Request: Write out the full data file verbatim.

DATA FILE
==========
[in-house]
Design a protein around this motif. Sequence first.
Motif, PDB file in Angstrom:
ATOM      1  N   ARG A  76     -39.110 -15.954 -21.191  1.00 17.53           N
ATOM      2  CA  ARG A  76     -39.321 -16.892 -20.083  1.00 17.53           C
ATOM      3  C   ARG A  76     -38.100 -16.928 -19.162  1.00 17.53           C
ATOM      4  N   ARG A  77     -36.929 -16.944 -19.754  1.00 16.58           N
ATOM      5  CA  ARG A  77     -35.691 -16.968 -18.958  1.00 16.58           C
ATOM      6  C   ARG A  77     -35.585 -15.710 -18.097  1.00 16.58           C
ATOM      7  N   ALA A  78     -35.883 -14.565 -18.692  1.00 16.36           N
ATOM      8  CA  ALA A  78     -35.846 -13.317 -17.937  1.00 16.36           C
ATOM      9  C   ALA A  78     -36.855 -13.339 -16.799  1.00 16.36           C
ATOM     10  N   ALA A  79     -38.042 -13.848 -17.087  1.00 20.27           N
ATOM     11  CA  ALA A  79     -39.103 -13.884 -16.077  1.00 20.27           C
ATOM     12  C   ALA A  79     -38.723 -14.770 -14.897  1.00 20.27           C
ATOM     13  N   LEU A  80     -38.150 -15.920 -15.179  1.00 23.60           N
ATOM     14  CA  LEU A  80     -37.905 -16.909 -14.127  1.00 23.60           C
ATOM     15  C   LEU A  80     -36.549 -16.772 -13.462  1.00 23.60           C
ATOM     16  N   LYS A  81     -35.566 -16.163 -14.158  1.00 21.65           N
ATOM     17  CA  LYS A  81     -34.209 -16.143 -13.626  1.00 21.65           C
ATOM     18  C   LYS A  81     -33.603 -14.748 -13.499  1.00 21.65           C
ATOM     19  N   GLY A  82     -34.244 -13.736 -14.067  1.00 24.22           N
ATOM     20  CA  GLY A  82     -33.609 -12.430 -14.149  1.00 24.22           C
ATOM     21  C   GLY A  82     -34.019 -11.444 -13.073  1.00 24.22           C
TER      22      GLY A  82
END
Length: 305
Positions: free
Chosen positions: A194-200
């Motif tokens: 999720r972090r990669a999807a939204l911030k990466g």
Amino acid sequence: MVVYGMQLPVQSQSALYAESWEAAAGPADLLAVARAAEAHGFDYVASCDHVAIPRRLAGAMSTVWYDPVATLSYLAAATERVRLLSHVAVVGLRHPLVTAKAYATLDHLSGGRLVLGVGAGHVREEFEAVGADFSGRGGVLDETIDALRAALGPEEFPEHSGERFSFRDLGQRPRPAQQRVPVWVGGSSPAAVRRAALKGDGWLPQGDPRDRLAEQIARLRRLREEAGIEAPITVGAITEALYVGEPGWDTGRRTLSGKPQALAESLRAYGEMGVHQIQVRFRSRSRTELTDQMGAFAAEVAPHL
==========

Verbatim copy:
[in-house]
Design a protein around this motif. Sequence first.
Motif, PDB file in Angstrom:
ATOM      1  N   ARG A  76     -39.110 -15.954 -21.191  1.00 17.53           N
ATOM      2  CA  ARG A  76     -39.321 -16.892 -20.083  1.00 17.53           C
ATOM      3  C   ARG A  76     -38.100 -16.928 -19.162  1.00 17.53           C
ATOM      4  N   ARG A  77     -36.929 -16.944 -19.754  1.00 16.58           N
ATOM      5  CA  ARG A  77     -35.691 -16.968 -18.958  1.00 16.58           C
ATOM      6  C   ARG A  77     -35.585 -15.710 -18.097  1.00 16.58           C
ATOM      7  N   ALA A  78     -35.883 -14.565 -18.692  1.00 16.36           N
ATOM      8  CA  ALA A  78     -35.846 -13.317 -17.937  1.00 16.36           C
ATOM      9  C   ALA A  78     -36.855 -13.339 -16.799  1.00 16.36           C
ATOM     10  N   ALA A  79     -38.042 -13.848 -17.087  1.00 20.27           N
ATOM     11  CA  ALA A  79     -39.103 -13.884 -16.077  1.00 20.27           C
ATOM     12  C   ALA A  79     -38.723 -14.770 -14.897  1.00 20.27           C
ATOM     13  N   LEU A  80     -38.150 -15.920 -15.179  1.00 23.60           N
ATOM     14  CA  LEU A  80     -37.905 -16.909 -14.127  1.00 23.60           C
ATOM     15  C   LEU A  80     -36.549 -16.772 -13.462  1.00 23.60           C
ATOM     16  N   LYS A  81     -35.566 -16.163 -14.158  1.00 21.65           N
ATOM     17  CA  LYS A  81     -34.209 -16.143 -13.626  1.00 21.65           C
ATOM     18  C   LYS A  81     -33.603 -14.748 -13.499  1.00 21.65           C
ATOM     19  N   GLY A  82     -34.244 -13.736 -14.067  1.00 24.22           N
ATOM     20  CA  GLY A  82     -33.609 -12.430 -14.149  1.00 24.22           C
ATOM     21  C   GLY A  82     -34.019 -11.444 -13.073  1.00 24.22           C
TER      22      GLY A  82
END
Length: 305
Positions: free
Chosen positions: A194-200
């Motif tokens: 999720r972090r990669a999807a939204l911030k990466g």
Amino acid sequence: MVVYGMQLPVQSQSALYAESWEAAAGPADLLAVARAAEAHGFDYVASCDHVAIPRRLAGAMSTVWYDPVATLSYLAAATERVRLLSHVAVVGLRHPLVTAKAYATLDHLSGGRLVLGVGAGHVREEFEAVGADFSGRGGVLDETIDALRAALGPEEFPEHSGERFSFRDLGQRPRPAQQRVPVWVGGSSPAAVRRAALKGDGWLPQGDPRDRLAEQIARLRRLREEAGIEAPITVGAITEALYVGEPGWDTGRRTLSGKPQALAESLRAYGEMGVHQIQVRFRSRSRTELTDQMGAFAAEVAPHL